Released a week after The Chilling Adventures of Sabrina, Italian Netflix original Luna Nera had quite the challenge to stand out, even moreso given the saturated market of other supernatural series. Despite a promising dark episode to kick things off, the series fails to reach its potential, oftentimes lacking substance with many under-developed plot points and agenda-driven writing, the latter of which becoming more present as the episodes tick along. While it isn’t an inherently bad series, it’s also one that doesn’t do enough to break through the realm of mediocrity.
The story takes place in 17th century Italy, revolving around Ade and her brother who live in a world where women who are suspected of witchcraft are prosecuted, hunted by a group calling themselves the Benandanti. After losing their grandmother, Ade and her brother escape and find themselves under the protection of a group of ancient witches. There, she finds out that she’s the chosen one and harnesses magical powers, quickly falling in love with Pietro, son of the Benandanti’s leader, Sante. From here, Ade faces many challenges across the 6 episode series, including trying to figure out her past and who she really is.
On the surface, Luna Nera has all the ingredients to be another decent supernatural series. The first episodes set the scene well, offering a dark tone and introducing some interesting topics, including the long-running debate between religion and science. However, this is quickly discarded in favour of concentrating more on the romantic drama between Ade and Pietro, following by some heavy and clumsy agenda-driven writing.
It’s not all bad though; the overall story is intriguing and the characters are really likable too. We also find out a little more about the origin of the witches and their magic, even if this isn’t explored in as much detail as one may expect. The chemistry between Valente and Leptis, who form an unlikely bond over revenge and justice, is arguably the one highlight here and helps add some depth to the character interactions. Ade and Pietro together however, lack in chemistry which is problematic, especially given the obvious nods toward Romeo and Juliet as they both come from opposing families.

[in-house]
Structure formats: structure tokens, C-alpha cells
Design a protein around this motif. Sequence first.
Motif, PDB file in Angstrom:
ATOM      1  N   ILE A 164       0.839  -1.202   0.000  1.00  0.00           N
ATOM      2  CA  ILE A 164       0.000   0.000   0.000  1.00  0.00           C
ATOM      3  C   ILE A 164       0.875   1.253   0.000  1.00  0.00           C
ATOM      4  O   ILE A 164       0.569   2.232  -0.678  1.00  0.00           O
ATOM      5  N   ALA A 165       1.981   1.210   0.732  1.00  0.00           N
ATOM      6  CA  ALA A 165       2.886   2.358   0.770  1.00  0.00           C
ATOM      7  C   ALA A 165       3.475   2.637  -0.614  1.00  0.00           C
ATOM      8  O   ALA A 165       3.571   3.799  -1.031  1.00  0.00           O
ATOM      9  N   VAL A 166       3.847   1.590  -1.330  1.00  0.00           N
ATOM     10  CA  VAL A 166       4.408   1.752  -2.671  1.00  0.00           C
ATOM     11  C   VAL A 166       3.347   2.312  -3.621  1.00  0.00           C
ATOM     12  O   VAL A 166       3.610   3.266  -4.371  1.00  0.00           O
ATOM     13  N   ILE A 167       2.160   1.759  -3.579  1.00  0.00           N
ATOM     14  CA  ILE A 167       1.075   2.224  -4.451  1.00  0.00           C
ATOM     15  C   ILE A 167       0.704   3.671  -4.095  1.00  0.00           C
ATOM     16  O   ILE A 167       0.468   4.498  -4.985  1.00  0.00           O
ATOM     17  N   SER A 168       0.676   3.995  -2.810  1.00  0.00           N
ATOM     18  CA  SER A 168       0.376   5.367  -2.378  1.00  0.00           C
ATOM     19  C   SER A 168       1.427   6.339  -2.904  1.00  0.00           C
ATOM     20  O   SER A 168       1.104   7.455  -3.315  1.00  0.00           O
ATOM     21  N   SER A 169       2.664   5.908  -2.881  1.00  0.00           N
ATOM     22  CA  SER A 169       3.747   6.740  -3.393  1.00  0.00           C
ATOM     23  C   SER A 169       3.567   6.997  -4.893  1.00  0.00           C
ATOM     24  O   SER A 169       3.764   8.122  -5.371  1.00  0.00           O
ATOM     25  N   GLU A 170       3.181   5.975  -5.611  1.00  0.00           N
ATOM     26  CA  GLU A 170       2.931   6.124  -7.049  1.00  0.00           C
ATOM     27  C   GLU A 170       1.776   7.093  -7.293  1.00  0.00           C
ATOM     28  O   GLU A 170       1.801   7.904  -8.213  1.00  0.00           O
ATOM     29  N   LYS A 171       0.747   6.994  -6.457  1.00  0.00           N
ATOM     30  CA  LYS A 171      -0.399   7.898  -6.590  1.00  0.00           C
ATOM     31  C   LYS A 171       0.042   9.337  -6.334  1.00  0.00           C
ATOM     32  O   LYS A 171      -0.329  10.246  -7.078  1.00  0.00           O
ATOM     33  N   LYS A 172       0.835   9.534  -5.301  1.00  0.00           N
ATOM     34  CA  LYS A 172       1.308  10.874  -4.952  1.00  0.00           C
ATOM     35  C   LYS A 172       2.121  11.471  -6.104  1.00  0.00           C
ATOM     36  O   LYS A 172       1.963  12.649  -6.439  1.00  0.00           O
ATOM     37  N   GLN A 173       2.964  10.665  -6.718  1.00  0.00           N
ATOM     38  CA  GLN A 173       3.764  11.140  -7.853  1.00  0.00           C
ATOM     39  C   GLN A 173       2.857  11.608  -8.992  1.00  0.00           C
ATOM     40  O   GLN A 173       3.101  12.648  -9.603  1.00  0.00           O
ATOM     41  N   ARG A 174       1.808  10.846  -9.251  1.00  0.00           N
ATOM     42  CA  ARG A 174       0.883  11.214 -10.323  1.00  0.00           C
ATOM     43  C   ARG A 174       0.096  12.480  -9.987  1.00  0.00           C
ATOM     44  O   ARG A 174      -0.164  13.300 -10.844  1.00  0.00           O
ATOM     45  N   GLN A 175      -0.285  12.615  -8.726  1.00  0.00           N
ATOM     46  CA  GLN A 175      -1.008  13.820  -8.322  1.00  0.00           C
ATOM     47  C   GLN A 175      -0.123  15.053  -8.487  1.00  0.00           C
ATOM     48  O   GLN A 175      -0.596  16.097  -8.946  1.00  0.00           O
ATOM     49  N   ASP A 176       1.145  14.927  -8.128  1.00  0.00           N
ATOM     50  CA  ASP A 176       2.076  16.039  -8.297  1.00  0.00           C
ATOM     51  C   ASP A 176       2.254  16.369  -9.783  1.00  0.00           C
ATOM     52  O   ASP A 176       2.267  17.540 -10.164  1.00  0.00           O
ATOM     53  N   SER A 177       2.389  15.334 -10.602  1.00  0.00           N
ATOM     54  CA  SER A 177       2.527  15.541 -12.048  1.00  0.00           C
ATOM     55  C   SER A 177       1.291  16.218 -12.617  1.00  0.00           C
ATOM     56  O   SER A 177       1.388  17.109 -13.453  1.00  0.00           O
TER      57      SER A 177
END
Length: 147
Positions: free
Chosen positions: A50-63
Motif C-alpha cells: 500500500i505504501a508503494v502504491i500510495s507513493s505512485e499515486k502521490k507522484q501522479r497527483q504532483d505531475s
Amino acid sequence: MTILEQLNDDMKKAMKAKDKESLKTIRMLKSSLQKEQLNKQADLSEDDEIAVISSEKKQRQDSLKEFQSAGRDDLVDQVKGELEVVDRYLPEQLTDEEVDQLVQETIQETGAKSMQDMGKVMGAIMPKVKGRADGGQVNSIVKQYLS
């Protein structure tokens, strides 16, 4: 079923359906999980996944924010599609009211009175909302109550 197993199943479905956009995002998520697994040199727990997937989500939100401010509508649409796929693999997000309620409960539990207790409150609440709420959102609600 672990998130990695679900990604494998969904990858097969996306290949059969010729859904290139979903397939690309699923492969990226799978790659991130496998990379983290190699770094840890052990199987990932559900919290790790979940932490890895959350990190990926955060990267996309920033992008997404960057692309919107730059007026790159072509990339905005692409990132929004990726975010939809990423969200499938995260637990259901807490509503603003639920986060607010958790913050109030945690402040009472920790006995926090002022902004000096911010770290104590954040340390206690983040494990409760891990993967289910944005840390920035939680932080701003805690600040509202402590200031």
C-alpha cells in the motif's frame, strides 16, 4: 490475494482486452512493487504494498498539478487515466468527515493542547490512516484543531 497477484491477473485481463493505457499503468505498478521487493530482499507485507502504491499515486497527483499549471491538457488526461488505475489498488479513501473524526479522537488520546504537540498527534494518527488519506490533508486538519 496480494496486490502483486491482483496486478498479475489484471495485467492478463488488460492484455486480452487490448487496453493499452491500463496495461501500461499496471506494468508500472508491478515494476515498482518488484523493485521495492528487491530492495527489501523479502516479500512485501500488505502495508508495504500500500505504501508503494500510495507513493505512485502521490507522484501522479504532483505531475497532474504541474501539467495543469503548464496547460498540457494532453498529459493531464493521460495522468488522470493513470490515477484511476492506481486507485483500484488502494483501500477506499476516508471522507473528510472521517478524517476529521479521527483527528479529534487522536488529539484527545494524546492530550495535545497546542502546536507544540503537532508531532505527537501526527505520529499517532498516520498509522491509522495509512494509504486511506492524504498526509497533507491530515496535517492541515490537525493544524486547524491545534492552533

As mentioned previously, Luna Nera’s most interesting topic is also the one it fails to tackle head on. There’s scope here for a fascinating debate between science and religion, especially given the teasing ideas around how each attempts to explain witchcraft but it’s frustratingly abandoned midway through the show. Production-wise, Luna Nera looks great, with some dark and muted colours throughout but also offering up some dazzling special effects when magic is involved.
When it comes to supernatural and fantasy shows, Netflix has a lot of variety on the platform, especially with its most recent and popular offerings like Sabrina and The Witcher. Unfortunately, Luna Nera pales by comparison, relying far too heavily on its dramatic love stories and feminism, which is a shame as the series has some serious potential. Still, the story is quite interesting with some surprising twists and likable characters along for the ride. Luna Nera is unlikely to cast a spell on its audience and stand out among other, more successful fantasy series of its kind but if this is green-lit for a second season, there’s plenty of scope for this to change.
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